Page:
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Reader’s Digest New Zealand March 2021

No wonder Reader's Digest is the world's most widely read magazine. Hard-hitting, thought-provoking and entertaining, with unforgettable stories in each issue, RD is packed with features short enough to read in one sitting, but stimulating enough to keep you thinking for days. Every month millions of people get inspired, informed and entertained by its wide variety of stories about people, health, humour, adventures and world events, written by the best local and international journalists. All the stories are fact checked to the smallest details to ensure that readers get the most accurate and truthful stories, making Reader’s Digest the world’s most trusted magazine.

New Zealand
Direct Publishing Australia PTY LTD
R 20,27
R 152,70
12 Issues

in this issue

1 min
the benefits of a gentle recovery

“YOU SHOULD TAKE IT EASY,” is a common response we all offer to friends and family recovering from an illness or injury. “Don’t try to do too much.” But paying lip service to this advice really doesn’t help anyone. In ‘Re-kindling Convalescence’ (page 64) we look at how recovering from an illness is a stage of being sick, and should be taken seriously. It’s a stage society valued one hundred years ago; a stage where you’re neither sick nor well. You’re ‘repairing’ from the illness and its treatment, but not quite ready to return to the ordinary pace of life and work. With many COVID-19 survivors reporting a long struggle to get back to full recovery, perhaps the value of convalescing may find its way into mainstream thinking once again.…

2 min

Trip Down Memory Lane Many thanks for this year’s special Classics Edition (January 2021). With so many articles, heart-warming stories and humorous contributions, spanning more than 90 years, it provided the perfect COVID-19 ‘holiday at home’ read, and a wonderful trip down memory lane. And it was the perfect tribute to this pocket-sized magazine that continues to entertain, amuse and educate readers of all ages, while leaving behind lingering memories and the mighty impact that comes from the joy of reading. JUDITH CAINE Campbell Island’s Own Story ‘Shark Attack!’ (January) was a fascinating story of the rescue of snorkeller Mike Fraser off Campbell Island, which has an interesting history. The isolated island was discovered in January 1810 by Captain Fredrick Hasselburgh, who named it after his employer, Robert Campbell & Co. of Sydney. Campbell…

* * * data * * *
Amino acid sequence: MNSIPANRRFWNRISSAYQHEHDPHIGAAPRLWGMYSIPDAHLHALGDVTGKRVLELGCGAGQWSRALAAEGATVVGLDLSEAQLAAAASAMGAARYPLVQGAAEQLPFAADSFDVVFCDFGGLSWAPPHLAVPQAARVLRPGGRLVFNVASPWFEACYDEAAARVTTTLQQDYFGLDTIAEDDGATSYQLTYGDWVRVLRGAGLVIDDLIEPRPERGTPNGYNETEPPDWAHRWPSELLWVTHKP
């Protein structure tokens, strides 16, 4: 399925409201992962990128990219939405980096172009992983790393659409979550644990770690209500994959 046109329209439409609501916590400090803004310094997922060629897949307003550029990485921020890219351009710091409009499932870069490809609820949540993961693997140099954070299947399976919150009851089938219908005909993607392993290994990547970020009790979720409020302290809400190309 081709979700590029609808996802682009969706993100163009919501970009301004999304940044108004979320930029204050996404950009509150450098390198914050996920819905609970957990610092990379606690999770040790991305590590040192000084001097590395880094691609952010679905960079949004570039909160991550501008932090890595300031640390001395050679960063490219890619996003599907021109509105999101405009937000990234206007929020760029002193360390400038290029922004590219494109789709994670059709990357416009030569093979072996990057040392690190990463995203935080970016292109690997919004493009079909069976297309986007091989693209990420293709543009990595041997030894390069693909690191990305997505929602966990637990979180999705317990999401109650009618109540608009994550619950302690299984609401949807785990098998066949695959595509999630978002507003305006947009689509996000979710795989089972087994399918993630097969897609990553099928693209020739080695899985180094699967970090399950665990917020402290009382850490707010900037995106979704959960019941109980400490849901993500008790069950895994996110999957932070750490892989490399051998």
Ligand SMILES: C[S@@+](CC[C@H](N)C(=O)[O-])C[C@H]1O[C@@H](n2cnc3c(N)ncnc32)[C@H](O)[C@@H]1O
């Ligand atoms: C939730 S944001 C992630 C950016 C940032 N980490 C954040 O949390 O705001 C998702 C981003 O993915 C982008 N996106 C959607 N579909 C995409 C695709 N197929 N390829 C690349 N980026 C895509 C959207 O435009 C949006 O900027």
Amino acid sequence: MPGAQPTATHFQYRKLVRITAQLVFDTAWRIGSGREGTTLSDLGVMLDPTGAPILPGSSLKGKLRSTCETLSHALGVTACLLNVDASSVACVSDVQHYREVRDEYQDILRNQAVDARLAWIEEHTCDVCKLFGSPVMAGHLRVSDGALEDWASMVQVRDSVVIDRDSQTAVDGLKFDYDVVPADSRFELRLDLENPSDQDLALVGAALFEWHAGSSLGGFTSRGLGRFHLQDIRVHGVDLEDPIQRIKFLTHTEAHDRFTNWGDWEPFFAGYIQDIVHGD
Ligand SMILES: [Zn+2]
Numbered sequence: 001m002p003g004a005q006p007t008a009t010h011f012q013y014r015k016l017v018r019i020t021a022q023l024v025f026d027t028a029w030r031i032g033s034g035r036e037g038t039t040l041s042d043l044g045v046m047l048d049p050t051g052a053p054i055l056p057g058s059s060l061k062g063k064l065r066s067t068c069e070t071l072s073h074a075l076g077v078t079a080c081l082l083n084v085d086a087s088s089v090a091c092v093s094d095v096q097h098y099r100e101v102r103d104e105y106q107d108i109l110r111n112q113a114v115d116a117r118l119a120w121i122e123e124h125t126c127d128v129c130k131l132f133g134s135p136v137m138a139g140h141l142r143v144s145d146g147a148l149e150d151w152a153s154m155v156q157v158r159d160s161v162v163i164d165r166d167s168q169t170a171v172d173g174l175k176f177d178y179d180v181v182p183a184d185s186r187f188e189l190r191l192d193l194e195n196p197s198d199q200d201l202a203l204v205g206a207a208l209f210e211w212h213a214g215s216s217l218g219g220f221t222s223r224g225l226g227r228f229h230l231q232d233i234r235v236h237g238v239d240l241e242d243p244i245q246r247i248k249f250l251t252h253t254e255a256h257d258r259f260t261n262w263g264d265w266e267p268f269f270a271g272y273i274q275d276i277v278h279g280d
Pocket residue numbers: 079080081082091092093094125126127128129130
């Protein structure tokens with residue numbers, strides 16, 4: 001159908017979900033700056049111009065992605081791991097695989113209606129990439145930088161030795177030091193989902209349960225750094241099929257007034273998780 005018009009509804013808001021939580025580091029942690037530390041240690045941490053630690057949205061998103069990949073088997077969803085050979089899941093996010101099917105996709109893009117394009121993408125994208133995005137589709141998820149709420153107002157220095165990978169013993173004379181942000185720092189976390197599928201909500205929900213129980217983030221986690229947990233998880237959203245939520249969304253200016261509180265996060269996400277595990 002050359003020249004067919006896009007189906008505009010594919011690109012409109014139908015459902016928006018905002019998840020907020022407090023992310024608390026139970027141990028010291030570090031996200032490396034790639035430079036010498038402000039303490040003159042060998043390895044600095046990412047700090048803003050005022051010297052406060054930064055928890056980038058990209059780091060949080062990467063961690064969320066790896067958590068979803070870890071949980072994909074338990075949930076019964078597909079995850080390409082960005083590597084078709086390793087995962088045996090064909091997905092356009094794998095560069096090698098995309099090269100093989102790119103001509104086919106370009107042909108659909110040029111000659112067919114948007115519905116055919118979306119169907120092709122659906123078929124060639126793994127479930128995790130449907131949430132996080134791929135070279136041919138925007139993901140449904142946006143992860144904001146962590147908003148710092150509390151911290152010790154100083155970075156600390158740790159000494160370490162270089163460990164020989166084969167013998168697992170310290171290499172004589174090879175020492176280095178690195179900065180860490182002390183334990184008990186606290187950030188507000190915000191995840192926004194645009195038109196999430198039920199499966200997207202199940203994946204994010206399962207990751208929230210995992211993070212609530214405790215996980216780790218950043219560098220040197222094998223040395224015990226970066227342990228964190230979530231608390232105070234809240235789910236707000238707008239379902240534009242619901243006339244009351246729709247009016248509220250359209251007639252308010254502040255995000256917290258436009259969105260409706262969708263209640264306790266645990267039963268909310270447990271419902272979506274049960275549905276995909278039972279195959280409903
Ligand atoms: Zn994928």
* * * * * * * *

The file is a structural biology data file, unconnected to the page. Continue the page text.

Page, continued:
1 min

For quality products, book sales and more, call 0800 400 060 or head to Readersdigest.co.nz/shop READERSDIGESTNEWZEALAND Anecdotes and Jokes $50-$100 Send in your real-life laugh for Life’s Like That or All in a Day’s Work. Got a joke? Send it in for Laughter Is the Best Medicine! Smart Animals Up to $100 Share antics of unique pets or wildlife in up to 300 words. My Story $400 Do you have an inspiring or lifechanging tale to tell? Submissions must be true. LETTERS TO THE EDITOR AND READER SUBMISSIONS Online readersdigest.co.nz/contribute Email editor@readersdigest.co.nz Mail Editor, Reader’s Digest, PO Box 90489, Auckland 1030 Include your name, address, phone number and email. Letters: We may edit letters and use them in all print and electronic media. Submissions: All submissions become our property on payment and subsequent publication in the magazine. We may edit and fact-check submissions. For…

1 min
news worth sharing

A group of 22 students from the Technical University of Eindhoven in the Netherlands has created a fully functioning electric car made largely from recycled waste. Named ‘Luca’, the bright yellow, two-seater sports car is made from plastics fished out of the sea and household garbage. Its light weight, streamlined profile and narrow tyres enable it to reach a top speed of 90km/h, with a reach of 220 kilometres when fully charged. The hard plastics usually found in televisions, toys and kitchen appliances have been used for the car’s body, while the seat cushions are made from coconut and horse hairs. Project manager Lisa van Etten told Reuters the chassis was made out of flax and recycled PET bottles. About 95 per cent of the car is comprised of waste materials. Production…

1 min
speaking two languages helps protect the brain

People who regularly use two or more languages may have a lower risk of the cognitive decline associated with ageing, say Barcelona university scientists. Speaking and switching between two languages on a regular basis – and having done so throughout life – enhances cognitive reserve and delays the appearance of symptoms associated with cognitive decline and dementia, the study found. The prevalence of dementia in countries where more than one language is spoken is 50 per cent lower than in those regions where the population uses only one language to communicate, says researcher Marco Calabria.…

1 min
baby elephant receives cpr and survives

Rescue worker Mana Srivate has performed CPR dozens of times throughout his 26-year career, but never before on an elephant. Off duty and on a road trip in the eastern Thai province of Chanthaburi, Mana was called into action when a baby elephant was struck by a motorcycle. Mana says that he located the elephant’s heart based on human theory and a video clip he quickly looked up on YouTube. In a video of the incident posted on social media, Mana is seen giving two-handed compressions to a small elephant lying on its side. “When the baby elephant started to move, I almost cried,” he said. After ten minutes, the young elephant stood up and was taken away for treatment before being returned to the scene of the accident where his mother…